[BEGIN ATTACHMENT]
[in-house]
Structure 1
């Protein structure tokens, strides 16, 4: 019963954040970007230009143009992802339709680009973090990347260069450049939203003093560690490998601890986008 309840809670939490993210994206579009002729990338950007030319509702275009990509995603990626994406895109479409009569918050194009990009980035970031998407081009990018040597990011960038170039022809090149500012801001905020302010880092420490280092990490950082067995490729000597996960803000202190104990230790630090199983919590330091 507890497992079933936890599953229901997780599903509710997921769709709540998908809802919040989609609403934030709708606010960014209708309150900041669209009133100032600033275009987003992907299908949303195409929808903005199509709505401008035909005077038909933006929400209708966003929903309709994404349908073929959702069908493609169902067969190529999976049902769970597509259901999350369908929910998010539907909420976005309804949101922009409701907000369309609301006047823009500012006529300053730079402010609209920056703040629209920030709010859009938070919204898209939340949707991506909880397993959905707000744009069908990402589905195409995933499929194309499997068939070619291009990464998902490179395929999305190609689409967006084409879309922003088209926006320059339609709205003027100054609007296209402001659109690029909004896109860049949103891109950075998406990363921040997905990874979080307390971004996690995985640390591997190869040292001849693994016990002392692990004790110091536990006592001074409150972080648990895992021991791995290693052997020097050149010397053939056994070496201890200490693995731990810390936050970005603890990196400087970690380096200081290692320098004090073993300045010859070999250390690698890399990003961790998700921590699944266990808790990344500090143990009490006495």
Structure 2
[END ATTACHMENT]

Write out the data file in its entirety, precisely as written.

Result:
[in-house]
Structure 1
């Protein structure tokens, strides 16, 4: 019963954040970007230009143009992802339709680009973090990347260069450049939203003093560690490998601890986008 309840809670939490993210994206579009002729990338950007030319509702275009990509995603990626994406895109479409009569918050194009990009980035970031998407081009990018040597990011960038170039022809090149500012801001905020302010880092420490280092990490950082067995490729000597996960803000202190104990230790630090199983919590330091 507890497992079933936890599953229901997780599903509710997921769709709540998908809802919040989609609403934030709708606010960014209708309150900041669209009133100032600033275009987003992907299908949303195409929808903005199509709505401008035909005077038909933006929400209708966003929903309709994404349908073929959702069908493609169902067969190529999976049902769970597509259901999350369908929910998010539907909420976005309804949101922009409701907000369309609301006047823009500012006529300053730079402010609209920056703040629209920030709010859009938070919204898209939340949707991506909880397993959905707000744009069908990402589905195409995933499929194309499997068939070619291009990464998902490179395929999305190609689409967006084409879309922003088209926006320059339609709205003027100054609007296209402001659109690029909004896109860049949103891109950075998406990363921040997905990874979080307390971004996690995985640390591997190869040292001849693994016990002392692990004790110091536990006592001074409150972080648990895992021991791995290693052997020097050149010397053939056994070496201890200490693995731990810390936050970005603890990196400087970690380096200081290692320098004090073993300045010859070999250390690698890399990003961790998700921590699944266990808790990344500090143990009490006495």
Structure 2